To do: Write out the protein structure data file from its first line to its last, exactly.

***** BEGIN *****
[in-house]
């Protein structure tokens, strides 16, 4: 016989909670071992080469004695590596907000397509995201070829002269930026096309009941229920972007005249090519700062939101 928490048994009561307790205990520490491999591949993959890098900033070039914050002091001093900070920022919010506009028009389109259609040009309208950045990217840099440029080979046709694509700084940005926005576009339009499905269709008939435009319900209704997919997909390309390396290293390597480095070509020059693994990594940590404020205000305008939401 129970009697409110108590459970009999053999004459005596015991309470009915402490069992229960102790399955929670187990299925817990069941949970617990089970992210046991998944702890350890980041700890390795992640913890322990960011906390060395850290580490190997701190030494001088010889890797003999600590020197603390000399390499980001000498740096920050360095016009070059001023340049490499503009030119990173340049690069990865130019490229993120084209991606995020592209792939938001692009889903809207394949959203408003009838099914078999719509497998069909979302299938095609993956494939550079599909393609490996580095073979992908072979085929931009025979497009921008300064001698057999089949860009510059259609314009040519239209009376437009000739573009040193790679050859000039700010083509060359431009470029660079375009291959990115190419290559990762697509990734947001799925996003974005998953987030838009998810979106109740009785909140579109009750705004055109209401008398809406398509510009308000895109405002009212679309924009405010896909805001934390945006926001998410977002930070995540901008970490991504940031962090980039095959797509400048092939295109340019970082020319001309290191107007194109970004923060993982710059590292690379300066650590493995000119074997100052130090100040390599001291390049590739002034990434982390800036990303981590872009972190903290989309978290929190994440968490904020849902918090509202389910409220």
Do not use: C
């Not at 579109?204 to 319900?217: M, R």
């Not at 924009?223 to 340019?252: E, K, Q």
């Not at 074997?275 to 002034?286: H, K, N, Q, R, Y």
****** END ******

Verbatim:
[in-house]
């Protein structure tokens, strides 16, 4: 016989909670071992080469004695590596907000397509995201070829002269930026096309009941229920972007005249090519700062939101 928490048994009561307790205990520490491999591949993959890098900033070039914050002091001093900070920022919010506009028009389109259609040009309208950045990217840099440029080979046709694509700084940005926005576009339009499905269709008939435009319900209704997919997909390309390396290293390597480095070509020059693994990594940590404020205000305008939401 129970009697409110108590459970009999053999004459005596015991309470009915402490069992229960102790399955929670187990299925817990069941949970617990089970992210046991998944702890350890980041700890390795992640913890322990960011906390060395850290580490190997701190030494001088010889890797003999600590020197603390000399390499980001000498740096920050360095016009070059001023340049490499503009030119990173340049690069990865130019490229993120084209991606995020592209792939938001692009889903809207394949959203408003009838099914078999719509497998069909979302299938095609993956494939550079599909393609490996580095073979992908072979085929931009025979497009921008300064001698057999089949860009510059259609314009040519239209009376437009000739573009040193790679050859000039700010083509060359431009470029660079375009291959990115190419290559990762697509990734947001799925996003974005998953987030838009998810979106109740009785909140579109009750705004055109209401008398809406398509510009308000895109405002009212679309924009405010896909805001934390945006926001998410977002930070995540901008970490991504940031962090980039095959797509400048092939295109340019970082020319001309290191107007194109970004923060993982710059590292690379300066650590493995000119074997100052130090100040390599001291390049590739002034990434982390800036990303981590872009972190903290989309978290929190994440968490904020849902918090509202389910409220």
Do not use: C
């Not at 579109?204 to 319900?217: M, R």
């Not at 924009?223 to 340019?252: E, K, Q």
């Not at 074997?275 to 002034?286: H, K, N, Q, R, Y």